Why Adrien Robinson Is the New York Giants' Best Kept Secret

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Why Adrien Robinson Is the New York Giants' Best Kept Secret
Associated Press
It's now or never for Robinson.

The Giants tight end position has been a revolving door for years. Big Blue hasn't had a stable player at the position since Kevin Boss manned the spot from 2008-10. Since 2010, the Giants have fielded four different starting tight ends: Boss (2010), Jake Ballard (2011), Martellus Bennett (2012) and Brandon Myers (2013).

This year will be no different since Myers left via free agency. However, there is one player vying for the starting role who is poised to be a breakout star for the Giants this year and put an end to this trendAdrien Robinson

Robinson was selected in the fourth round of the 2012 NFL draft out of the University of Cincinnati. Robinson was a bit of an enigma coming out of college since Cincinnati was primarily a run-first offense; he only recorded 12 catches for 183 yards his senior year. The biggest allure about him was his outstanding physical attributes. 

Robinson flashed potential even in such limited action.

Robinson (6'4", 270 lbs) wasn't invited to the combine, but if he had been, he would have been one of the top performers. At his pro day, Robinson ran a 4.51-second 40-yard dash (only James Hanna was faster at 4.49). He also recorded a 39.5-inch vertical jump and a 11'3" broad jump, which would have placed him at the top of the charts in each category.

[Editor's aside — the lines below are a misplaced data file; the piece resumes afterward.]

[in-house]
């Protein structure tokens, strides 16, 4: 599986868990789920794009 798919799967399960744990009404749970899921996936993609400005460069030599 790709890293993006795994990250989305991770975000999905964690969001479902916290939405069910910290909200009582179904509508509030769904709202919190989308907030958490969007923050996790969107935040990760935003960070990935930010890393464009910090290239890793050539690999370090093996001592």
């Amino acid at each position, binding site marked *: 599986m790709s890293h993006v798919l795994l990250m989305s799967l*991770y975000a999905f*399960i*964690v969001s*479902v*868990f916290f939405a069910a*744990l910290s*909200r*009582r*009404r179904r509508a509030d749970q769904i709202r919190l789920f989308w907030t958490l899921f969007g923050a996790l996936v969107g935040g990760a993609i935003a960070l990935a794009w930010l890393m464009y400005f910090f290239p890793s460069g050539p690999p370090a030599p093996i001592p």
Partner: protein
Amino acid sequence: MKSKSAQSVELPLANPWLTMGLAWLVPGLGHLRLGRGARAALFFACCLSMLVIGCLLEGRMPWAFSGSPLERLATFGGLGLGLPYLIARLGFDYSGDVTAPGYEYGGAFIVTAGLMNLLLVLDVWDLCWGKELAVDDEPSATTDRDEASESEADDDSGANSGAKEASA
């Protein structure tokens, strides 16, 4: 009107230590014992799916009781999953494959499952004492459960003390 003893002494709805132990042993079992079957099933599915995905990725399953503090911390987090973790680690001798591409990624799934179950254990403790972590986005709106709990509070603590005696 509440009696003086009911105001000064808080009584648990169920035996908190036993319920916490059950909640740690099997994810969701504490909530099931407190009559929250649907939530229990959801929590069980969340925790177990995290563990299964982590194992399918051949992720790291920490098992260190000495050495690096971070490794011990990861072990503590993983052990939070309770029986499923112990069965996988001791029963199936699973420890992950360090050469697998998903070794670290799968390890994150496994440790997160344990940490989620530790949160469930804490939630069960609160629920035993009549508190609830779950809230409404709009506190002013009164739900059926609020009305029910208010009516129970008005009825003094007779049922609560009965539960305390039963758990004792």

Despite his athleticism, he dropped down boards because he was extremely raw and wouldn't be an immediate starter. When the Giants picked him in the fourth round, general manager Jerry Reese was excited about what he could become:

We really think this guy has a huge upside. He is a big, big man [with] long arms. He didn't catch a lot of balls for them. But he is kind of a late bloomer who has really come on. And we think this guy is kind of a JPP of tight ends. We like these kind of people.

The start to Robinson's career has been a bit rocky due to injuries, including foot and knee issues last year. With all the issues at tight end this year for the Giants, Robinson admitted to NJ.com's Jordan Raanan that "it's now or never."

He has had two years to sit and learn the playbook and the nuances of the position, and it is now time for it all to pay off. The odds are in his favor now more than ever to be the starter for New York.

When watching the video above, it's clear what kind of potential he has as a receiver. He has good hands to snag catches and bring them into his body. He is athletic enough to pick up good yards after the catch as well as use his big frame to either box players out or gain yards after contact.

He has all the physical tools you want in a tight end, and he has had the time to sit and learn the position. If he can live up to his potential and avoid the injury bug, Robinson could take NFC East, and maybe even the league, by storm this year. 

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